Some of the labels are traditional London dry gins, distilled with the classic juniper flavors that have been used for centuries. Others are more modern, making use of a variety of other botanicals and fruits. 

To rank the bottles, FindTheBest used weighted scores from the Beverage Testing Institute, Wine Enthusiast Magazine, the International Wine and Spirit Competition, and performance reviews from the San Francisco World Spirits Competition for every year since 2000.

10. New Amsterdam Gin ($14)

This is a modern gin flavored with citrus peel and juniper. According to the Beverage Tasting Institute, it's "a fruity, very approachable gin to drink neat or on the rocks."

9. Ethereal Gin ($30)

Ethereal is a limited-edition gin from Berkshire Mountain Distillers, and the exact recipe and label change with each batch. 

8. Blue Ribbon London Dry Gin ($29)

Blue Ribbon is a traditional London Dry gin with flavors of coriander seed, juniper, pepper, and thyme.

7. Bellringer London Dry Gin ($17)

This well-balanced, traditional gin was a double gold medalist at the 2010 San Francisco World Spirits Competition. 

6. Hayman's London Dry Gin ($27)

Juniper, coriander, lemon and orange peel are steeped for a full day before the distillation of this classic dry gin

5. Brandon's Gin ($30)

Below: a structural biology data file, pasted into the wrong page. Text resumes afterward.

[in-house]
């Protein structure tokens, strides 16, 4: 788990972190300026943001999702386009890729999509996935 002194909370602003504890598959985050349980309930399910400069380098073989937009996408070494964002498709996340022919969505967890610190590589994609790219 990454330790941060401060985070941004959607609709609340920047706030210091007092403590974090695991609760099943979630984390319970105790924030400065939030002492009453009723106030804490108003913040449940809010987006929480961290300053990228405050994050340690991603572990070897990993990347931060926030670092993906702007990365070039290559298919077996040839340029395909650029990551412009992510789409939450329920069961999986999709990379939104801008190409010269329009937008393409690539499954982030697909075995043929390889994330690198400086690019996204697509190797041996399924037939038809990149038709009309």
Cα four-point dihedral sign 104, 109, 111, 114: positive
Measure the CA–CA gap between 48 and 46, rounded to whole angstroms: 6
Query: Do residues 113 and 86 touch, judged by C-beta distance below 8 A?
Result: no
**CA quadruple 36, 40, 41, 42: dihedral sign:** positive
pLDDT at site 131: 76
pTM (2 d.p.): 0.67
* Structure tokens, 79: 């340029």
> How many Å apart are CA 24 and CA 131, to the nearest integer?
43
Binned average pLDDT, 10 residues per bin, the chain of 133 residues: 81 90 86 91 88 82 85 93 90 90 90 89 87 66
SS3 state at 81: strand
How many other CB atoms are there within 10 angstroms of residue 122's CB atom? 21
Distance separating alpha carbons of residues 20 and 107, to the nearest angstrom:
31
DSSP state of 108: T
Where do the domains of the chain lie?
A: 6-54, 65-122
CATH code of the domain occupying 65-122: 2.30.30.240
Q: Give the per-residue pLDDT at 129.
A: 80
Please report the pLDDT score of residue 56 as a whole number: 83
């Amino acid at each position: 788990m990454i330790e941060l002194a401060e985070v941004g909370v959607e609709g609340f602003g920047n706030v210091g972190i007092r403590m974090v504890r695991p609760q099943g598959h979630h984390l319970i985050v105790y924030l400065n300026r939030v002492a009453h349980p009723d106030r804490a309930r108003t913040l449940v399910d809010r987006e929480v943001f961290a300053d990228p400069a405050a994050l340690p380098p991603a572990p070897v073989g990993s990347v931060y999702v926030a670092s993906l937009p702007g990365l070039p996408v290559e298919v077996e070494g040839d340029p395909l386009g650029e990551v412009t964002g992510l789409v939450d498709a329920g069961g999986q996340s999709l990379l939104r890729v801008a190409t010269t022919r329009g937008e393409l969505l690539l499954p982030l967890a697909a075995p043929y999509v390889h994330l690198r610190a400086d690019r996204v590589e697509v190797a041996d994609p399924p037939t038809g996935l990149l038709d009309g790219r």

The distillers of this modern gin use a unique vapor infusion process that keeps the juniper flavor from overpowering the other botanicals.

4. Voyager Single-Batch Distilled Gin ($30)

This is a London Dry-style gin predominantly flavored with juniper and hints of orris root, citrus, angelica, cardamom, and cassia. 

3. Monopolowa Vienna Dry Gin ($16)

According to the Beverage Tasting Institute, this Austrian-distilled traditional gin has "delicate aromas of pepper jelly, floral bath talc, pine sap, and lemon curd."

2. Van Gogh Gin ($25)

This London Dry gin incorporates ingredients from all over the world, including cassia bark from India, coriander and licorice from the Middle East, and juniper berries from the Netherlands. 

1. Tanqueray No. 10 ($30)

Tanqueray No.10's distinctly fruity flavor earned it a rating of 100 out of a possible 100 from FindTheBest. According to the distillers, it's "the only gin distilled with handpicked fresh fruit and botanicals, including white grapefruits, oranges and limes."

SEE ALSO: You Should Start Drinking Flavored Gin

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A Brooklyn Artist Painted These Stunning Works With Coffee

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Freudian Slip

Brooklyn-based artist Lauren Orscheln approaches each canvas with a large brush and a pot of instant coffee.

For coffee snobs out there, don't worry: the instant brew isn't for drinking, it's for painting.

"The viscosity of the instant coffee works great on the canvas," Orscheln told Business Insider. Plus she likes the rich, brown color.